ESL dominates League of Legends with the Intel Extreme Masters
by Alan LaFleur June 28, 2012 @ 05:06pm
Despite the ESL/IEM history, League of Legends has only been on the circuit for one full season, the sixth season. The season 5 world championships featured a invitational tournament with 4 teams that was one by myRevenge or as they are known now, FnaticRaidCall.
In season 6, League of Legends became the powerhouse on the circuit that it is known as today. The first tournament for the circuit was in Cologne, Germany in conjunction with Gamescom. The tournament was narrowed down through qualifiers in Europe, North America, and Asia. In the end, the teams that qualified for Global Challenge Cologne were:
Counter Logic Gaming
Of course, none of these teams were the same back then as they are now and it is obvious that the myRevenge was the team they picked up after their other team left for Fnatic. Counter Logic Gaming still had Elementz and Salce. Millenium had Linak and sOAZ. The two North American teams took first and second place with CLG edging out TSM in the finals.
The next event for League of Legends in IEM was in Guangzhou, China where the Western scene got their first good look at the Asian scene since AEON wasn't able to attend Global Challenge Cologne. The Chinese team World Elite came out swinging and took first place against Counter Logic Gaming in the finals. Unfortunately, we had still yet to see AEON from Singapore in a IEM event after they had qualified for Cologne.
The next tournament was going to be on American soil at Comic Con in New York. The qualifications for the tournament had some surprising upsets on the North American side with Rock Solid knocking CLG down to the losers bracket where Curse (with Doublelift) would defeat them which meant that they didn't qualify for New York. However, the Asian team turning down their invite was CLG's saving grace as they got invited in their place. CLG being invited ended up being a relief for the North American scene as every other North American team got dominated in the group stage by the Europeans. The teams that made it out of the group were: Fnatic, CLG, SK Gaming, and Sypher. Fnatic ended up taking first place in the tournament that left a lot of North American teams scratching their heads.
The Dominance of Moscow Five
The next two tournaments, Global Challenge Kiev and The World Championships in Hanover can be summed up in the same two words: M5 domination.
Kiev was the first tournament that Moscow Five qualified for and the qualification was not easy. The team lost in the first round to Guru and was sent to the losers bracket where they battled out 5 straight wins to eventually qualify for Kiev along with Against All Authority and Absolute Legends (now CLG.eu). M5 was able to beat Sypher and SK Gaming in the losers bracket which should have meant they would not qualify for Kiev. However, SK got invited to replace Absolute Legends and Sypher was invited to replace the Asian qualifier, Invictus Gaming (iG) from China. Moscow Five ended up winning the tournament only dropping 1 game to TSM in the final.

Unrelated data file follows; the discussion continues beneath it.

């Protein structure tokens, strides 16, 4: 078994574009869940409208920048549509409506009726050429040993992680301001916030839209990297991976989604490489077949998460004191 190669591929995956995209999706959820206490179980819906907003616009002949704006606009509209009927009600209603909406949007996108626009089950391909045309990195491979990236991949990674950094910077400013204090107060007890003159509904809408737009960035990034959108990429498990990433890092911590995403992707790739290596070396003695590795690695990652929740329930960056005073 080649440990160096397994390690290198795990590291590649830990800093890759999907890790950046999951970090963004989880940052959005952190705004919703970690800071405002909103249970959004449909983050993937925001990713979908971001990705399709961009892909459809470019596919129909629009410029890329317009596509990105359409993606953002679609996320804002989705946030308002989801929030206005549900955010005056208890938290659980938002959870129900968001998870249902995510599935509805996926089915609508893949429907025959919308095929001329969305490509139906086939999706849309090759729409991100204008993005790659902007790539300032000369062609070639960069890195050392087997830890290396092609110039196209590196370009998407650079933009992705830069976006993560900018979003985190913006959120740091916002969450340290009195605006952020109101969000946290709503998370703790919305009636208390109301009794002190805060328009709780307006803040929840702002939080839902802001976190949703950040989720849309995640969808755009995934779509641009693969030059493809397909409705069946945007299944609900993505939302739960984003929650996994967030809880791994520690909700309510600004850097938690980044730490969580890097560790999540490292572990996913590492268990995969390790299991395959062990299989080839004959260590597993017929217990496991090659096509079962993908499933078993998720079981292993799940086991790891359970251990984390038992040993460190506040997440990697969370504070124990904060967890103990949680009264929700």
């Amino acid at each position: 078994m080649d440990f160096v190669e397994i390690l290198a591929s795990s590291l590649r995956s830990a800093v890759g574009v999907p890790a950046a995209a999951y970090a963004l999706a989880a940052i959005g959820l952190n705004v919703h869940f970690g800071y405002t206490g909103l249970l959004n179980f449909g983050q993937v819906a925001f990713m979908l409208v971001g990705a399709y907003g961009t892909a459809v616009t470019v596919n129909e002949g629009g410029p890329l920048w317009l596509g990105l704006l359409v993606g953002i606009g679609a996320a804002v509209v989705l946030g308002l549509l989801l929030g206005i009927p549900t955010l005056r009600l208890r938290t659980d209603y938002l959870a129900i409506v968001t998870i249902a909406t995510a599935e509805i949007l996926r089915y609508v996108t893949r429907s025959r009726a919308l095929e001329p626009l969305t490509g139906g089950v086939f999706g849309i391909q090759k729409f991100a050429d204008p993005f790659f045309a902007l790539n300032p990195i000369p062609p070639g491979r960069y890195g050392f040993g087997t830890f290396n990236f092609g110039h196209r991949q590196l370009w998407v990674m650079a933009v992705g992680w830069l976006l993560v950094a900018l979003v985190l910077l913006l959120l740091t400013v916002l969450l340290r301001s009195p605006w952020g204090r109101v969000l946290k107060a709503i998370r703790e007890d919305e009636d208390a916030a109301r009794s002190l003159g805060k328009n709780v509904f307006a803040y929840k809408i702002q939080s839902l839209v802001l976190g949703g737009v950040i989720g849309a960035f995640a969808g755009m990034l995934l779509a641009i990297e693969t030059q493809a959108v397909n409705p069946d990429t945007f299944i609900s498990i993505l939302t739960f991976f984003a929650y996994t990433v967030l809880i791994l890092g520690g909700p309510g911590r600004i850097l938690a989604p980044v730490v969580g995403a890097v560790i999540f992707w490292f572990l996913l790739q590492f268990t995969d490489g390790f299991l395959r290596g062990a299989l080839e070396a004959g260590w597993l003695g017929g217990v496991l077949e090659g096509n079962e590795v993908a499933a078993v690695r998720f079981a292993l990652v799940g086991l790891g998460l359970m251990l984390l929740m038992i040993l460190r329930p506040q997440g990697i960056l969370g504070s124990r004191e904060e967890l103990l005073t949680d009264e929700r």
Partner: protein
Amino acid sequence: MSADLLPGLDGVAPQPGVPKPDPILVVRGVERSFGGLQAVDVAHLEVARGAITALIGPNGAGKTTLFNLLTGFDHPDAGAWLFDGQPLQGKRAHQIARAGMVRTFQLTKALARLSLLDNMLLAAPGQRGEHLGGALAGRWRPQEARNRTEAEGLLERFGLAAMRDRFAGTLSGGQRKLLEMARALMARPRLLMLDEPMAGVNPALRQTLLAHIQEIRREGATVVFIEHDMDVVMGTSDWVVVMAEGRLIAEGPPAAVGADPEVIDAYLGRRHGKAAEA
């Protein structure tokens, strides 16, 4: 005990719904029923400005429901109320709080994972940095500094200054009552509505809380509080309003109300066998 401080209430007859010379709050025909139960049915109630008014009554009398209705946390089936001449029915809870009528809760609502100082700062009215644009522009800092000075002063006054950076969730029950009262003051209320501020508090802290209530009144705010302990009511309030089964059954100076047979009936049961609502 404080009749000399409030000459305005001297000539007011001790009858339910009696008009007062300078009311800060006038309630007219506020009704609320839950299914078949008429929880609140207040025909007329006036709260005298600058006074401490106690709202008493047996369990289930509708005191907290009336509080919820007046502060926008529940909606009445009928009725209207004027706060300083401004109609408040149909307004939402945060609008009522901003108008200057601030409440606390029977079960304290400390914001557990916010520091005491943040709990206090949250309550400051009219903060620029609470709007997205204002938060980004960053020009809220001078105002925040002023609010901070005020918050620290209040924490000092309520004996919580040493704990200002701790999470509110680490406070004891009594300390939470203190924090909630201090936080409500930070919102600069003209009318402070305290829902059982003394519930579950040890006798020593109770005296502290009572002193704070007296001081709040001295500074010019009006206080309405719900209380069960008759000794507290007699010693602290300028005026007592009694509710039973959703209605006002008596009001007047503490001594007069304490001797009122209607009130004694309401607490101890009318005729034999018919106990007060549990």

The qualification for The World Championship in Hanover was the top 12 in points that were accumulated through the four global challenges. The Chinese teams populated a quarter of the top 12 but iG and World Elite had to decline which left room for Millenium and Against All Authority to get invited to the tournament based on their 13th and 14th ranking. The French team, Against All Authority, would go on to prove that they were a force to be reckoned with by coming out strong and getting a fourth place finish. However, Moscow Five showed yet again why they were the best team in the world. The Russian team didn't lose a game the whole tournament which turned out to be one of the most dominating performance the League of Legends scene has ever seen.
The Electronic Sports League has not announced their next Intel Extreme Masters season but there is a placeholder for it on their site and they have made an announcement the Counter Strike will not be part of it. So it is coming soon. In the meantime, be sure to take part in their online tournaments, whether that is playing or watching is up to you. The tournaments are the ESL Major Series, Pro Series, and Go4LoL for the North American, Europe-West, and Europe-Nordic/East. ESL is quickly breaking into the Asian markets with their Go4LoL with the Taipei Assassins winning their first Go4LoL Pro Asia.
The Electronic Sports League is sure to bring more exciting games through the 2012-2013 season and Mobafire will be here to bring you the coverage of this global organization.